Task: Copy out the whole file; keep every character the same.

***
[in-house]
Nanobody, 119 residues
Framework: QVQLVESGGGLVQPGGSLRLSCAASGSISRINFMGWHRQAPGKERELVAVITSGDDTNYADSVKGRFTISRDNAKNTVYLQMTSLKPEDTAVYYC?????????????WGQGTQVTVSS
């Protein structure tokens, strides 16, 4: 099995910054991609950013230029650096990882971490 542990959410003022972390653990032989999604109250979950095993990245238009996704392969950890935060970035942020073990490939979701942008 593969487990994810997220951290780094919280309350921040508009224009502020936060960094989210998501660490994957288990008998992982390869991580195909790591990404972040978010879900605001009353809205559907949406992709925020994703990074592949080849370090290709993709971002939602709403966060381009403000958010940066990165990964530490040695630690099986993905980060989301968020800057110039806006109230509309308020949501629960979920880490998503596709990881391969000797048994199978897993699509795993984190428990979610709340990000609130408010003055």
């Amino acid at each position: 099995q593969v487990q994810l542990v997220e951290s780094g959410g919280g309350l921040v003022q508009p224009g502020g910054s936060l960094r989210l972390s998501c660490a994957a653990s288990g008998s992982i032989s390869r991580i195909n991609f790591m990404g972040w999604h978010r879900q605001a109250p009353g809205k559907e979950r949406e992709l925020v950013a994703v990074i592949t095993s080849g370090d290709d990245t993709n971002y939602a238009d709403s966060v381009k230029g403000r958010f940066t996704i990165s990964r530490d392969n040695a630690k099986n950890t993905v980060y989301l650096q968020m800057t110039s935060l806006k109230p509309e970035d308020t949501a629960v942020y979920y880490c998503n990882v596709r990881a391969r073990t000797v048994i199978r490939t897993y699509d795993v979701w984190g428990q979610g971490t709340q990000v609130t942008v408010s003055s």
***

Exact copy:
[in-house]
Nanobody, 119 residues
Framework: QVQLVESGGGLVQPGGSLRLSCAASGSISRINFMGWHRQAPGKERELVAVITSGDDTNYADSVKGRFTISRDNAKNTVYLQMTSLKPEDTAVYYC?????????????WGQGTQVTVSS
């Protein structure tokens, strides 16, 4: 099995910054991609950013230029650096990882971490 542990959410003022972390653990032989999604109250979950095993990245238009996704392969950890935060970035942020073990490939979701942008 593969487990994810997220951290780094919280309350921040508009224009502020936060960094989210998501660490994957288990008998992982390869991580195909790591990404972040978010879900605001009353809205559907949406992709925020994703990074592949080849370090290709993709971002939602709403966060381009403000958010940066990165990964530490040695630690099986993905980060989301968020800057110039806006109230509309308020949501629960979920880490998503596709990881391969000797048994199978897993699509795993984190428990979610709340990000609130408010003055």
């Amino acid at each position: 099995q593969v487990q994810l542990v997220e951290s780094g959410g919280g309350l921040v003022q508009p224009g502020g910054s936060l960094r989210l972390s998501c660490a994957a653990s288990g008998s992982i032989s390869r991580i195909n991609f790591m990404g972040w999604h978010r879900q605001a109250p009353g809205k559907e979950r949406e992709l925020v950013a994703v990074i592949t095993s080849g370090d290709d990245t993709n971002y939602a238009d709403s966060v381009k230029g403000r958010f940066t996704i990165s990964r530490d392969n040695a630690k099986n950890t993905v980060y989301l650096q968020m800057t110039s935060l806006k109230p509309e970035d308020t949501a629960v942020y979920y880490c998503n990882v596709r990881a391969r073990t000797v048994i199978r490939t897993y699509d795993v979701w984190g428990q979610g971490t709340q990000v609130t942008v408010s003055s």